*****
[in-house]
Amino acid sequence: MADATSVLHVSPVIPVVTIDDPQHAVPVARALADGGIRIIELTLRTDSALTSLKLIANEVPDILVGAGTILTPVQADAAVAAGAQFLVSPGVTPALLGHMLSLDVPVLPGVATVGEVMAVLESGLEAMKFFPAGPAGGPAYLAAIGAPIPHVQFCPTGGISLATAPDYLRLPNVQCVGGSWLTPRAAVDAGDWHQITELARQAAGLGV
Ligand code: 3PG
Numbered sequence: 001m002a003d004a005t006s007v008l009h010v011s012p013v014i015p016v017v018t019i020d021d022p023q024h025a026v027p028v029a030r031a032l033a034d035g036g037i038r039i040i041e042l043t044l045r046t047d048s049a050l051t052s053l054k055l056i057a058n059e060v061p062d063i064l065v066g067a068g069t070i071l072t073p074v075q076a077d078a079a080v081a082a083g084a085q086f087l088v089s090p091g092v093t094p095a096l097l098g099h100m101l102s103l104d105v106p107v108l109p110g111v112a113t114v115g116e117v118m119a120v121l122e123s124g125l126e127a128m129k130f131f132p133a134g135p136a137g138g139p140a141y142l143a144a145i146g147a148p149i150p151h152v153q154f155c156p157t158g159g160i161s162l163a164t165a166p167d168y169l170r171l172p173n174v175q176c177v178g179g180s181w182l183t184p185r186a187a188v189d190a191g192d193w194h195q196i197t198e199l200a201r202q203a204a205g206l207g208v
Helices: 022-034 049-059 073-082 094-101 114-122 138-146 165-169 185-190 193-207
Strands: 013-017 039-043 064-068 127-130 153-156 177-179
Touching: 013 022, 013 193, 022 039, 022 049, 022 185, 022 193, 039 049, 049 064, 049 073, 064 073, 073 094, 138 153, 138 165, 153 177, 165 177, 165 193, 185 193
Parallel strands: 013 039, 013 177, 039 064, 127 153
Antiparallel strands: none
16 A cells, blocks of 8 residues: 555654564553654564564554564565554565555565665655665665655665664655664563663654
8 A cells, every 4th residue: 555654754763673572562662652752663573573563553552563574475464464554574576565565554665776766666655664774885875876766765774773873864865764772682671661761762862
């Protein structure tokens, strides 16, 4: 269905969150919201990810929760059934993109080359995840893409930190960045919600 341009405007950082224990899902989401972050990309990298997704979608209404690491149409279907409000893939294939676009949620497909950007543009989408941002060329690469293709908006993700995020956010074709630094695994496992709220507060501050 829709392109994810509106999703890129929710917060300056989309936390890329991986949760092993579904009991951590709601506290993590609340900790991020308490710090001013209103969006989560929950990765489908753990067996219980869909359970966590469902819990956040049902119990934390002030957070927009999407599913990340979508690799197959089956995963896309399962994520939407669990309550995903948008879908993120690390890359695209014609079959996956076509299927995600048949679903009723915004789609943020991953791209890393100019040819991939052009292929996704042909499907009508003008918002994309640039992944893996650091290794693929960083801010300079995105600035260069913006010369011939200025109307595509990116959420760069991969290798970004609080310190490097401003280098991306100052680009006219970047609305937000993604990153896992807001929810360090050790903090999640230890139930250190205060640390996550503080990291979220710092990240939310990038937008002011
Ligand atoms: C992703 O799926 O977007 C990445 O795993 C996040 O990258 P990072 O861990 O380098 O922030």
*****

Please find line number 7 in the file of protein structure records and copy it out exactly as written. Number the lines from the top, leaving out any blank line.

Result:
Touching: 013 022, 013 193, 022 039, 022 049, 022 185, 022 193, 039 049, 049 064, 049 073, 064 073, 073 094, 138 153, 138 165, 153 177, 165 177, 165 193, 185 193